The below dosages are estimates of what doctors prescribe:

Sodium Iodide Injections

Sodium iodide injections are diluted into total parenteral nutrition treatments and are administered exclusively by medical workers.

The U.S. brand, Idopen, is supplied in 10 ML vials. Each ML contains 100 mcgs of iodide. The average dose of Sodium Iodide Injections are:

  • Adults: 1-2 Mcg Iodine | Per Kg of Body Weight | 1x Day
  • Pregnant and Nursing Mothers: 2-3 Mcg Iodine | Per Kg Of Body Weight | 1x Day
  • Children: Adults: 2-3 Mcg Iodine | Per Kg of Body Weight | 1x Day

Oral Sodium Iodide

Sodium iodide doses are largely dependent on the recommended dietary allowances charted by the country in which is prescribed. Currently, there are three main guidelines that healthcare providers typically refer to, including the U.S., Canadian, or European versions. For the purposes of this article, the U.S. recommended dietary allowances and daily values are used.

The dosage amounts listed on this chart consider:

Pregnant women, for example, get a modest boost in sodium iodide intake in order to support the normal health and development of both the mother and fetus.

Males, too, require more sodium iodide than females, in most cases. This isn't exclusive to sodium iodide either, as most minerals and nutrients will be less or more for specific groups.

Dose Chart for Oral Sodium Iodide:

  • Infants and Toddlers (3 and Under): 40-70 mcg | 1X Daily
  • Children 4-6 Years Old: 90 mcg | 1X Daily
  • Children 7-10 Years Old: 120 mcg | 1X Daily
  • Teens: 150 mcg | 1X Daily
  • Adults 18 and Older: 150 mcg | 1X Daily
  • Expecting Mothers: 175 mcg | 1X Daily
  • Nursing Mothers: 200 mcg | 1X Daily

When doses of iodide are administered, orally or intravenously, it is quickly absorbed in the body. Continuous treatment may be required for patients who lack access to foods rich in iodine.

Missed Dose

Sodium Iodide doses should never be doubled as high doses could cause negative side effects, as mentioned earlier in this guide. If you miss a dose, take it when you remember and note the time for continuing the next day.


No negative interactions have been established for prescription sodium iodide.

Over-the-Counter Medicines

Some over the counter medicines contain sodium iodide. As a result, be sure to inform your healthcare provider of any vitamins, supplements, or OTC drugs being taken. If you have been diagnosed with an iodide deficiency, it is important to not overdo treatment as high doses of this mineral could cause poisoning to occur.


Concentrated amounts of sodium iodide could have adverse side effects. Before, during, and after the course of a sodium iodide IV treatments, be sure to heed the warnings outlined by your medical provider.

In general, these warnings include:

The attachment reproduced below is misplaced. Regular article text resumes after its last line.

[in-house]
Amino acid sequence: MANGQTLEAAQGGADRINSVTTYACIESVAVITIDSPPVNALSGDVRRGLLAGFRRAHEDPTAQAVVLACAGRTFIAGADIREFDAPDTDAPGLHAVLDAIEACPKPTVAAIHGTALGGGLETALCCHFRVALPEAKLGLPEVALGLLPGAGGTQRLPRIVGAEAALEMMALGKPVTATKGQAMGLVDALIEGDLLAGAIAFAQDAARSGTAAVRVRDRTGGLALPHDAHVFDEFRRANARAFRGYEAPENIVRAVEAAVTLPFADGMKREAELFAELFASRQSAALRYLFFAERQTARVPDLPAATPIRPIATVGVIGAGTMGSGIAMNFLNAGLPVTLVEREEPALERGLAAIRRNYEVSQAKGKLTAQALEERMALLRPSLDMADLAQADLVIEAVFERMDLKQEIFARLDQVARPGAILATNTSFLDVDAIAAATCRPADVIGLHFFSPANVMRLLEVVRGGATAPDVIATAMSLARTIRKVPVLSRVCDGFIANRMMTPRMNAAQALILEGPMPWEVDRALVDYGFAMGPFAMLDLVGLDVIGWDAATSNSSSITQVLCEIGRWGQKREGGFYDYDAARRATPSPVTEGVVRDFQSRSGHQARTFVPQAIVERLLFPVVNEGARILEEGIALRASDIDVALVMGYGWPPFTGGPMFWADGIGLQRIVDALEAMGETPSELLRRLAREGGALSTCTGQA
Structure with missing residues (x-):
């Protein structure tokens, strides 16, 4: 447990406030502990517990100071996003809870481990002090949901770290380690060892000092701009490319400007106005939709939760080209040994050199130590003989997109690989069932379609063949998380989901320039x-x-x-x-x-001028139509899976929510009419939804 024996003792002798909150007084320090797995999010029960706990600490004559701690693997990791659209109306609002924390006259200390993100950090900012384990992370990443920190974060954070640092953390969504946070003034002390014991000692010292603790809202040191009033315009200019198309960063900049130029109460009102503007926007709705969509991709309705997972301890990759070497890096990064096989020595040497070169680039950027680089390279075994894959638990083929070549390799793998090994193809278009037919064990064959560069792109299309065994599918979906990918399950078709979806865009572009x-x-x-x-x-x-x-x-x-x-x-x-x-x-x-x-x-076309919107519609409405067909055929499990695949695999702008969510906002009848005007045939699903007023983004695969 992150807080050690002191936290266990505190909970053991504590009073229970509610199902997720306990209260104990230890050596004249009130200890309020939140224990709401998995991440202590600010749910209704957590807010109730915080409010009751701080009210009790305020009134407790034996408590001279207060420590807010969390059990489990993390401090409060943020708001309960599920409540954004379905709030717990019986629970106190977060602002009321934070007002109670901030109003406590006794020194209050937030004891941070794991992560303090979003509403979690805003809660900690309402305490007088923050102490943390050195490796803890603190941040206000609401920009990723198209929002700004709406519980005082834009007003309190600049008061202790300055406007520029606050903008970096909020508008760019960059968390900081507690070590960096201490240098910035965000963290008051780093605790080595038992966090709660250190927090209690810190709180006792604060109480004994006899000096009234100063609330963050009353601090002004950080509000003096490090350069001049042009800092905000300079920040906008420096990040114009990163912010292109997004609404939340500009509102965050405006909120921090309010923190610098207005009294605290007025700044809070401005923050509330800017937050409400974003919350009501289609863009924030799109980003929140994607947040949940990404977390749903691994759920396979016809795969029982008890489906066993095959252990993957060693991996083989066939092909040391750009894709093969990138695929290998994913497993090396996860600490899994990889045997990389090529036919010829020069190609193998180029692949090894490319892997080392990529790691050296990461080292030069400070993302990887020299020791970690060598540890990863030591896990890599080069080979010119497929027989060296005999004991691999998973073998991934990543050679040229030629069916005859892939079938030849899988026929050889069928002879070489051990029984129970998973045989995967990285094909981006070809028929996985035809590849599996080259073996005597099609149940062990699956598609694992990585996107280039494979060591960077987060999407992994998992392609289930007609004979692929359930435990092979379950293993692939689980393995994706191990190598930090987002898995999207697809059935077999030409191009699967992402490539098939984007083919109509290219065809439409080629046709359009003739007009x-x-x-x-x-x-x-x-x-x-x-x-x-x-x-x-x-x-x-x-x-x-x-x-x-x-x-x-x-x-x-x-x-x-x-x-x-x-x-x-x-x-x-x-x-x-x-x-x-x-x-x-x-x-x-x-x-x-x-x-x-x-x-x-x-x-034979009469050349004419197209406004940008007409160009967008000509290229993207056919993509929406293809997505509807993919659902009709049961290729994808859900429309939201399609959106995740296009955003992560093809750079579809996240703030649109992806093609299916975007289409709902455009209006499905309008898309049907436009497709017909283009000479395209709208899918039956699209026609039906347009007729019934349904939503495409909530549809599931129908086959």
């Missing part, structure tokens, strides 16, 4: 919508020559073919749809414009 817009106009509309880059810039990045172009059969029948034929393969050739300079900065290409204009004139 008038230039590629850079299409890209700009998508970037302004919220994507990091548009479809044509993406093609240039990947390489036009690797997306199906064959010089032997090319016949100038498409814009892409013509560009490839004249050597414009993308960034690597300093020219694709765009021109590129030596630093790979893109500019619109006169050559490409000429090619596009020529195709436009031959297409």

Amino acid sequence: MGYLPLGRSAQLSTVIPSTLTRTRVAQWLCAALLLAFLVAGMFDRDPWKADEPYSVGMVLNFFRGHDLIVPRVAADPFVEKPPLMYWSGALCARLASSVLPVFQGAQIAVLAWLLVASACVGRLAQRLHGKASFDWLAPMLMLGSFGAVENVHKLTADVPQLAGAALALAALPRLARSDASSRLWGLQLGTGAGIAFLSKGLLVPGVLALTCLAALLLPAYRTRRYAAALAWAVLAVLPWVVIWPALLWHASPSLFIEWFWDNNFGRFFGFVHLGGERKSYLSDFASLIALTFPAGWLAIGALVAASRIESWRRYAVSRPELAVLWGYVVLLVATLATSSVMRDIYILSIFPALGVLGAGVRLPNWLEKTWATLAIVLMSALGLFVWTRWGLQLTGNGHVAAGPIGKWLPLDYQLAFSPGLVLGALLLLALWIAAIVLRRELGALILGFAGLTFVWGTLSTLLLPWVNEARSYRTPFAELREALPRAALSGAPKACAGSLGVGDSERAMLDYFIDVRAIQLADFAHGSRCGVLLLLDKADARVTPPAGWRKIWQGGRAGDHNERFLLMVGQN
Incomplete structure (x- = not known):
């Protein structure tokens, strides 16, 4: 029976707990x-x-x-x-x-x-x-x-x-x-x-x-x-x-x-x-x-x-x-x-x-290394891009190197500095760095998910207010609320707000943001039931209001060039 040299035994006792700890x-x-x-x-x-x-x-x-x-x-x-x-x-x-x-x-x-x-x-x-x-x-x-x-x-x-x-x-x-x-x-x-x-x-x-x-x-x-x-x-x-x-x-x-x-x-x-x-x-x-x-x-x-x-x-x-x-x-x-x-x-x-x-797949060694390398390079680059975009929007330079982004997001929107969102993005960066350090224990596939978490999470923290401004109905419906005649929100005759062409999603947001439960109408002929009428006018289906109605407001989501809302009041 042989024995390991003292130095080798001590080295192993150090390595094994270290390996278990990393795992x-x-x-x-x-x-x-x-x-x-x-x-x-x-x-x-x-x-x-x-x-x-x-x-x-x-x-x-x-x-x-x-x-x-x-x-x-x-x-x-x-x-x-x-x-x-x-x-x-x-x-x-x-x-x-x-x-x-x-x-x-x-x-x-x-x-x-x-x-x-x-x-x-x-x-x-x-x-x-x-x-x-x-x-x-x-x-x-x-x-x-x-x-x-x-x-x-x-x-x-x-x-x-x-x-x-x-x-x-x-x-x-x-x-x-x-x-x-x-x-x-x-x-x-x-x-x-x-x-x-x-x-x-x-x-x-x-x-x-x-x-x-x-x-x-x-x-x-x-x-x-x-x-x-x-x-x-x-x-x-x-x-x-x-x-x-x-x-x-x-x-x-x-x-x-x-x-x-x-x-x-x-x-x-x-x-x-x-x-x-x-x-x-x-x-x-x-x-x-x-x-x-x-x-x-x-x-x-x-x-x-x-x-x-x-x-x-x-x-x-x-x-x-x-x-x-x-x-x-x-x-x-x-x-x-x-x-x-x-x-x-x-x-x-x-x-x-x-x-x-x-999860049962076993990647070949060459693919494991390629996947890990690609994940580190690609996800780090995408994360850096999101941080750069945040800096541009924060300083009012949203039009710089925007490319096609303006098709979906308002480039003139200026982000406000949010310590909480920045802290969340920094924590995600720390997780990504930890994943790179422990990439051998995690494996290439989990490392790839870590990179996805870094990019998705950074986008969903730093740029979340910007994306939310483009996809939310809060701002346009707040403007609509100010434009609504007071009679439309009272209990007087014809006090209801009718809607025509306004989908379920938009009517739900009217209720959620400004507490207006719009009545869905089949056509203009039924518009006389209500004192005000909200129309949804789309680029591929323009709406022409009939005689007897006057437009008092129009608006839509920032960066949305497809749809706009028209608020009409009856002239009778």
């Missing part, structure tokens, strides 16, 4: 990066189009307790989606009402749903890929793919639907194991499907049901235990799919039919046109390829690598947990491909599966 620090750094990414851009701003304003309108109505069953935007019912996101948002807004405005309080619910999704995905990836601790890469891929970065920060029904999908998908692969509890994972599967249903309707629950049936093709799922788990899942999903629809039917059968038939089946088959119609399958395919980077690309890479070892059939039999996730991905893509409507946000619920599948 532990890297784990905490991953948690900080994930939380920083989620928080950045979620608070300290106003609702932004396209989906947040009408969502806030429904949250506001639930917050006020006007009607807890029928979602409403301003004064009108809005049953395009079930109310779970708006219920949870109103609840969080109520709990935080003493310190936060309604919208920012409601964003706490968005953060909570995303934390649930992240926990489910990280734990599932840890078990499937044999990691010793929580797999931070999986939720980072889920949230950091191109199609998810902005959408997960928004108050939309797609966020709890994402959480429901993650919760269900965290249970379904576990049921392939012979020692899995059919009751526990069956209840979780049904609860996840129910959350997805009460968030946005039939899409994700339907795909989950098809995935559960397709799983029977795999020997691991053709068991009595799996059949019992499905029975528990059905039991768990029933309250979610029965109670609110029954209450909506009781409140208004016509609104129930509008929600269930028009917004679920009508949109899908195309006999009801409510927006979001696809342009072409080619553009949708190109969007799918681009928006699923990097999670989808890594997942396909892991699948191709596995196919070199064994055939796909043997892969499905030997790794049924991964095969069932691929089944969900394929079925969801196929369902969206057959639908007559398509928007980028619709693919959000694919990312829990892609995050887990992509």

Allergic Reaction

Tell your doctor if you have a history of allergic reactions to iodine.

Iodide for Infants

Infants who are given excessive amounts of sodium iodide could face adverse reactions, such as thyroid dysfunction and irritating skin rashes. As a result, the maximum recommended daily allowance of 70 mcg should not be exceeded during treatment.

Preexisting Medical Conditions

Taking prescription sodium iodide could exacerbate certain underlying medical conditions. These include:

Before heading to the doctor, make a list of all medications being taken at this time, including prescription and over the counter drugs. Also, note any underlying medical conditions or allergies you have. Your doctor will factor in these variables before devising a treatment plan for iodide deficiency.

Aluminum Toxicity

Sodium iodide injections are processed with aluminum, which could be toxic to premature babies and individuals diagnosed with a renal impairment.


Oral doses of sodium iodide should be stored at room temperature and out of the reach of children and adults. Avoid placing the bottle in areas with heat, moisture, or direct sunlight. These could affect the quality of the medicine.


Did you know that too little or too much of sodium iodide is never a good thing?

An iodide deficiency makes our system go haywire and too much of this mineral could cause poisoning.

It is therefore important to strike just the right balance.

A good way to accomplish this is to consult a dietary nutritionist or a healthcare provider. Your specialist will outline foods that are rich in iodide and any additional measures that need be taken to treat iodine deficiency.

In addition to prescription or over-the-counter supplements containing iodine, healthcare specialists may opt for sodium iodide injections or Idopen. In such cases, iodine is administered in safe concentrations through an IV. These concentrations are typically diluted into a total parenteral nutrition treatment.

Iodine deficiency is very rare in the United States. Many of the food staples found in American households contain iodine, including table salt, bread, milk, eggs, and cheese. In other regions where soils used to grow crops lack iodine, iodine deficiencies are prevalent.

This deficiency can have real negative effects on patients' health, but the good news is that it can be treated with prescription sodium iodide.

Last Reviewed:
January 28, 2018
Last Updated:
April 05, 2018